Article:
WASHINGTON (CNN) – A Democratic Senate chairman at the heart of Capitol Hill's delicate health-care negotiations announced Wednesday that he intends to unveil a long-awaited compromise reform bill from his committee next week.
Sen. Max Baucus of Montana , head of the Senate Finance Committee, also told reporters that he is prepared to move forward in the legislative process with or without Republican support.
"The time has come for action and we will act," Baucus told reporters.
"We have a path for moving forward. This is our moment."
The Finance Committee's "Gang of Six," a group of three Democratic and three Republican senators, has been working for months to craft bipartisan health-care legislation.
What's next in the health care fight? CNN Radio takes a look ahead
WASHINGTON (CNN) - A source close to Republican Sen. Charles Grassley tells CNN he intends to offer counter proposals to Sen. Max Baucus tomorrow morning, as the Senate Finance Committee chair requested.
What changes he will offer is still unclear. He and his aides will work on it tonight.
The source did not want to speak on the record by name discussing internal deliberations.
WASHINGTON (CNN) – A copy of the 18-page health care proposal from Sen. Max Baucus, obtained by CNN from both a Democratic and Republican source, reveals more detail about the Finance Committee chairman's proposal.
Read the plan full here (pdf)
A source close to Republican Sen. Grassley tells CNN that in addition to the problem he has with the fee on insurance companies, a concern he expressed on CNN this morning, he also does not like the overall price tag, which he thinks will be about $880 billion. The Iowa senator had been hoping for something in the $750-$780 billion ballpark.
Democratic sources tell us that Baucus will use today's 2:30 pm ET meeting to gauge whether he can get a deal with the Republicans in the so-called "Gang of Six," especially Grassley and Sen. Mike Enzi, or whether he will have to move on and schedule a Finance Committee markup without a bipartisan agreement.
Democratic sources say Baucus will likely make that decision before the president's speech tomorrow night.
WASHINGTON (CNN) - Iowa Sen. Chuck Grassley, the ranking Republican on the Senate Finance Committee, dismissed Democratic criticism Wednesday that it increasingly appears he doesn't want any health care deal at all - a key point Democrats have been making to justify the possibility of going it alone, without GOP votes.
"I've said all year that something as big and important as health care legislation should have broad-based support," Grassley told CNN. "So far, no one has developed that kind of support, either in Congress or at the White House. That doesn't mean we should quit. It means we should keep working until we can put something together that gets that widespread support."
Top Democrats close to the White House have told CNN the Obama administration is looking hard at pushing through a health-care reform bill without Republican backing.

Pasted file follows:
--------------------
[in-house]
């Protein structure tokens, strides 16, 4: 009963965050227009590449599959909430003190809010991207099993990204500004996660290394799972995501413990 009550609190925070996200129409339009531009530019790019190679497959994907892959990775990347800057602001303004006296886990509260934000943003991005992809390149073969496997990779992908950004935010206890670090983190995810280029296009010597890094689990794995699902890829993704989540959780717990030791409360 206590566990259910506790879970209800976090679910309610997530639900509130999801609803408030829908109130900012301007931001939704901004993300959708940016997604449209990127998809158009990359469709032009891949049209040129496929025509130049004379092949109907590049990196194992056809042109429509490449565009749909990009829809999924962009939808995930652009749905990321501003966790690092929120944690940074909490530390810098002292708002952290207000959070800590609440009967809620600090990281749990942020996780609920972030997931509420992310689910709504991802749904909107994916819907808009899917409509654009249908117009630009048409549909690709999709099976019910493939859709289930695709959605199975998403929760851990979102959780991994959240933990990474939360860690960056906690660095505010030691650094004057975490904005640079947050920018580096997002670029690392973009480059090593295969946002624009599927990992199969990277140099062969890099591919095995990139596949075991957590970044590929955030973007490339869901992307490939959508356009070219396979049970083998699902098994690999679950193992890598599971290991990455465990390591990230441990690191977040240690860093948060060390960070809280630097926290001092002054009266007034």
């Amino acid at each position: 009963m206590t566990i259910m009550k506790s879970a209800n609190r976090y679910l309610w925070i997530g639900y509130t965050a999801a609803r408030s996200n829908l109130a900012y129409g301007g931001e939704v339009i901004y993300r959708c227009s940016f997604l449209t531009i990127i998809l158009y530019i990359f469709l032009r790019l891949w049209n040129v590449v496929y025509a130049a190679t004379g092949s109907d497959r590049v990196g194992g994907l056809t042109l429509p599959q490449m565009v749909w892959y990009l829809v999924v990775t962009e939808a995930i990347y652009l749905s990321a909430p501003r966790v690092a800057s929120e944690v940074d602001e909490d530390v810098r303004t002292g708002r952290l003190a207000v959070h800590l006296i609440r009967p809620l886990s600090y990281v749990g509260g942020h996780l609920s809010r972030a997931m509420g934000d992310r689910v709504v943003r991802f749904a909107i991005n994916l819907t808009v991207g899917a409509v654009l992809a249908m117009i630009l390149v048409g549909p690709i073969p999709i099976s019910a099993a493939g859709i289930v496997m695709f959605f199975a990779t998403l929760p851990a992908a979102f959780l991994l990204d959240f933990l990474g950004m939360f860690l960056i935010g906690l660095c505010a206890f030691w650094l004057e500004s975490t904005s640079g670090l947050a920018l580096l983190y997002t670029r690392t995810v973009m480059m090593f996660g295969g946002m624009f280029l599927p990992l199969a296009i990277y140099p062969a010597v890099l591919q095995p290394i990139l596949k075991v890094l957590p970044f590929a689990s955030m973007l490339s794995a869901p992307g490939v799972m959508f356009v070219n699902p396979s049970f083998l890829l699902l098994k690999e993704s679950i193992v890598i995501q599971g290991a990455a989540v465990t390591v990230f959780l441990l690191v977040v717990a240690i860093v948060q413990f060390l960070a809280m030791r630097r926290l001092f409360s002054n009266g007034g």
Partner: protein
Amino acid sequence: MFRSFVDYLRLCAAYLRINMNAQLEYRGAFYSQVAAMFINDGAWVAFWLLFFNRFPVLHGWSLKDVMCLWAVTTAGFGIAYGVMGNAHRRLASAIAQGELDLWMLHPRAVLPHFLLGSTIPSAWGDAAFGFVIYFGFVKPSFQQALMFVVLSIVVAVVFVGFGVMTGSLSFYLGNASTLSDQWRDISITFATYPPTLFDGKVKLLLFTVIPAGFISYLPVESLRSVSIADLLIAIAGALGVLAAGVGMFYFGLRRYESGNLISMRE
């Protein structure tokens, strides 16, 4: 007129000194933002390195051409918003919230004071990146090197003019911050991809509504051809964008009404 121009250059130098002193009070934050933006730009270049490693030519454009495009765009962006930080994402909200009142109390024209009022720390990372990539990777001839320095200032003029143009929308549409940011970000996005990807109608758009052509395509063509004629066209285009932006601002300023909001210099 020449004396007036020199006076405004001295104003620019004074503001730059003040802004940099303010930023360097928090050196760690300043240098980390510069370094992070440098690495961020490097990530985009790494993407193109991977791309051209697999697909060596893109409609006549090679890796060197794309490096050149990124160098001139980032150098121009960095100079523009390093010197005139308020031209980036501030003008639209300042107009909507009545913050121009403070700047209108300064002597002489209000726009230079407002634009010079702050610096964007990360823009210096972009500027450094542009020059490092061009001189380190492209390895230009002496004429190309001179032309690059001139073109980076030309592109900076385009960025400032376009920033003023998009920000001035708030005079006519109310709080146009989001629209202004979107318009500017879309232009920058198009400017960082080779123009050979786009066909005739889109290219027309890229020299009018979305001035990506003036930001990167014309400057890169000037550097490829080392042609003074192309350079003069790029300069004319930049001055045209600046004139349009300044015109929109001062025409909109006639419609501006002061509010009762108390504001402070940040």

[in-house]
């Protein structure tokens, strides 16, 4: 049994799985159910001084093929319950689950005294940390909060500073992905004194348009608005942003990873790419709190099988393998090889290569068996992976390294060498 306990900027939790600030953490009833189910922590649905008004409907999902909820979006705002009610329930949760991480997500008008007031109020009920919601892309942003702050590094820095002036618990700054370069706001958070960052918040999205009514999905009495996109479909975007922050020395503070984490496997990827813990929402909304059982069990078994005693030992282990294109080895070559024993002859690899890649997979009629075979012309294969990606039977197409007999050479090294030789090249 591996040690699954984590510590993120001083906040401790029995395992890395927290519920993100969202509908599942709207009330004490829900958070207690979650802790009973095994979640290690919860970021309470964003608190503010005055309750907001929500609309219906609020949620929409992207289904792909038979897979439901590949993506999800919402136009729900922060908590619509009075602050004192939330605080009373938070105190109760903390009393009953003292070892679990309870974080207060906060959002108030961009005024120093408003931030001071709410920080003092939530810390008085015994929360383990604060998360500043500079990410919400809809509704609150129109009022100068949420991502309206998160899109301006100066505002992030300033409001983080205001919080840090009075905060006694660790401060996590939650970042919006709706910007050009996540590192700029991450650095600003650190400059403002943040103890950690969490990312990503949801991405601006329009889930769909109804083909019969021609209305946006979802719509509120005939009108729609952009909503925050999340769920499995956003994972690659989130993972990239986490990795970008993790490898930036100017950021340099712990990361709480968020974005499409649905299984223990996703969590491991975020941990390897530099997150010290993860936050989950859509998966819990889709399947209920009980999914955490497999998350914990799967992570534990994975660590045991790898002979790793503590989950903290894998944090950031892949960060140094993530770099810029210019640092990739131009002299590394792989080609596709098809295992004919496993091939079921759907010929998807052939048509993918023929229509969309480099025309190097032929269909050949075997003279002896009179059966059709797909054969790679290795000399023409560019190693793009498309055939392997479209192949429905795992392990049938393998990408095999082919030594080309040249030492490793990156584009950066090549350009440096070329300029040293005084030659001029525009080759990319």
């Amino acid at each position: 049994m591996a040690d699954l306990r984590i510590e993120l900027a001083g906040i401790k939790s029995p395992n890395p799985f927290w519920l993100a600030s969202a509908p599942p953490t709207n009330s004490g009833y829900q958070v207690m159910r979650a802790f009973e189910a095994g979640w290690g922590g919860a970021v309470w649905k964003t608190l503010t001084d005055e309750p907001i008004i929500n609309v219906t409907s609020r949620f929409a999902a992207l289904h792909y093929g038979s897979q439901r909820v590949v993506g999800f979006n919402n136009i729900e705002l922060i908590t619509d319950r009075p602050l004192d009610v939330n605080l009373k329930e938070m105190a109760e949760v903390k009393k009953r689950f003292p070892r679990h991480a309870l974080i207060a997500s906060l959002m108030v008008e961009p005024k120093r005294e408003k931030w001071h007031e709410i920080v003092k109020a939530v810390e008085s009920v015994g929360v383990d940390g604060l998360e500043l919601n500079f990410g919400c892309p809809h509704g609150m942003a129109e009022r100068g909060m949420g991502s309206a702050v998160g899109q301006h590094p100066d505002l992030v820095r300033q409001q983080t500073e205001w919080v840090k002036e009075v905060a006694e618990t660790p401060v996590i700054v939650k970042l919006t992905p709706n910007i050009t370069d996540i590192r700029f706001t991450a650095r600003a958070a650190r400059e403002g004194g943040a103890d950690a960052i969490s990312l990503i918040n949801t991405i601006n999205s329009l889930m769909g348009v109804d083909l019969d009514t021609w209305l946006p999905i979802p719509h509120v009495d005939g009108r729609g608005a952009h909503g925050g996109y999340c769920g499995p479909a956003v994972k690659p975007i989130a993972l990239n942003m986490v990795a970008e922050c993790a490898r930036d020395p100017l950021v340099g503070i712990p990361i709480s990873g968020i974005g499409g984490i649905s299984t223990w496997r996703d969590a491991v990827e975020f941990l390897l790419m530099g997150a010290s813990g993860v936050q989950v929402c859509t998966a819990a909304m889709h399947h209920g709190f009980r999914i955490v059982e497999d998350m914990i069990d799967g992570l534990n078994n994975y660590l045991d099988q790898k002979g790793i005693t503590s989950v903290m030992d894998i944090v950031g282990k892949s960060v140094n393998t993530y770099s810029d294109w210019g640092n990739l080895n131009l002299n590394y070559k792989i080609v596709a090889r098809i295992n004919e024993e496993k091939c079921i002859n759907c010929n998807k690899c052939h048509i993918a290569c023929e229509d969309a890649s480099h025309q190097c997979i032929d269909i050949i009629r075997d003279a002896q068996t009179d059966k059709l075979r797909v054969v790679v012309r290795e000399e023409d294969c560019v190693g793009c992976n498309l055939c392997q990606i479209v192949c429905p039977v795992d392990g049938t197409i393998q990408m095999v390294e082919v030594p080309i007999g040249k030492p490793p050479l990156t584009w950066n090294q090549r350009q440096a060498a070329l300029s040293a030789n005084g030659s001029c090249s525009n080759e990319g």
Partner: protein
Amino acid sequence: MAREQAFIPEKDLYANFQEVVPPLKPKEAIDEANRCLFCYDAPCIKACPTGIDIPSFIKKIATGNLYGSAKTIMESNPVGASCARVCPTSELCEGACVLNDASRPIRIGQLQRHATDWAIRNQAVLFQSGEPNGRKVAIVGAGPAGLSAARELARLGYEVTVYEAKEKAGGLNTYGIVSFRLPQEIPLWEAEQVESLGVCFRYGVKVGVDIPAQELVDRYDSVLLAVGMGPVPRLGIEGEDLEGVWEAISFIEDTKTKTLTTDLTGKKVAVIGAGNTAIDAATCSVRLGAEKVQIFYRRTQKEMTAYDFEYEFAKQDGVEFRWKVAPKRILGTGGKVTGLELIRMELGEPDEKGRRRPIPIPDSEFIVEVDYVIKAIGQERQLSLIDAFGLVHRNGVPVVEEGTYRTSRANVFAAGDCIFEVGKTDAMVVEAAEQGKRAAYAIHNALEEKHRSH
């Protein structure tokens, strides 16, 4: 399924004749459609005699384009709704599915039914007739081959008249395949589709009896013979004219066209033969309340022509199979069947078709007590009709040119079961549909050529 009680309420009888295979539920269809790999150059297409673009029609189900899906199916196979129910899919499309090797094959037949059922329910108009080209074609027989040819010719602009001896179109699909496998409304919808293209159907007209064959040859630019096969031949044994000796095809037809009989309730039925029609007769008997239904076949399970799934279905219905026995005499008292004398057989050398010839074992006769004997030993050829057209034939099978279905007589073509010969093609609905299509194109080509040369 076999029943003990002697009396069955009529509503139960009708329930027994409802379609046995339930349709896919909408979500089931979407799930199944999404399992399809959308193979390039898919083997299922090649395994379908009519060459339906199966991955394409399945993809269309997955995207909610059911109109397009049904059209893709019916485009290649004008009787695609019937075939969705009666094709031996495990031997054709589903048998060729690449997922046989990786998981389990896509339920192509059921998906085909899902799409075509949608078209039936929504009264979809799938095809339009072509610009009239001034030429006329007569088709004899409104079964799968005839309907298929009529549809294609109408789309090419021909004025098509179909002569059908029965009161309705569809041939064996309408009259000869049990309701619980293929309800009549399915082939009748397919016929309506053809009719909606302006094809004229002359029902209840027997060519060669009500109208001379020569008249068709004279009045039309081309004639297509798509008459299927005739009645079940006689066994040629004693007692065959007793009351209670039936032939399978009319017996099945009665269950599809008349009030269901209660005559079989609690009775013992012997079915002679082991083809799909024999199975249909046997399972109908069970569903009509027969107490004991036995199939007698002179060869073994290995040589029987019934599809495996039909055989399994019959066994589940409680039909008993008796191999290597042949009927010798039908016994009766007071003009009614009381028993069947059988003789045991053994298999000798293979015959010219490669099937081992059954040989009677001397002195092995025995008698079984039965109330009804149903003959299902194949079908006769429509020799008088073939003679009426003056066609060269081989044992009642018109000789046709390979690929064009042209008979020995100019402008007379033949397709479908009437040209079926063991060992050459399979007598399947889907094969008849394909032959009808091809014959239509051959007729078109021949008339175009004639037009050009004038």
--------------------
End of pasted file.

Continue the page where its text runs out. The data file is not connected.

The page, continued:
UPDATE, 1 p.m.: Senate Finance Committee Chairman Max Baucus released a statement Wednesday saying negotiations remained on track.
"Bipartisan progress continues," said Baucus. "The Finance Committee is on track to reach a bipartisan agreement on comprehensive health care reform that can pass the Senate. Our group will be meeting tomorrow and our staffs continue to meet as well. I am confident we will continue our steady progress toward health care reform that will lower costs and provide quality, affordable coverage to all Americans."
WASHINGTON (CNN) – Senator Chuck Grassley, the lead Republican in bipartisan health care negotiations, disclosed Tuesday morning that in a private meeting with President Obama earlier this month, he personally urged the president to make clear he is not wedded to a public option.
“I told the president then that he needed to make public whether or not he could sign a bill that didn't have a public option in it," Grassley said on Radio Iowa. "He didn't have to take a position against a public option, but would he sign a bill that wouldn't have a public option in it, and I thought a statement from him would be very helpful."
Grassley and the five other bipartisan negotiators met with the president on August 6, just before leaving Washington for summer recess, to discuss their efforts towards a health care bill that can pass the Senate Finance Committee in September.
Listen: Grassley discusses his conversation with Obama on Radio Iowa
On Saturday, President Obama said “the public option, whether we have it or we don’t have it, is not the entirety of health care reform.”
Then on Sunday, on CNN’s State of The Union, Health and Human Services Secretary Kathleen Sebelius said a public option is “not an essential element.”
White House spokesman Bill Burton stuck to the administration’s contention that it has not changed its position on a public option, and he expressed doubt that Grassley’s plea to the president earlier this month had any impact on the administration’s comments this past weekend.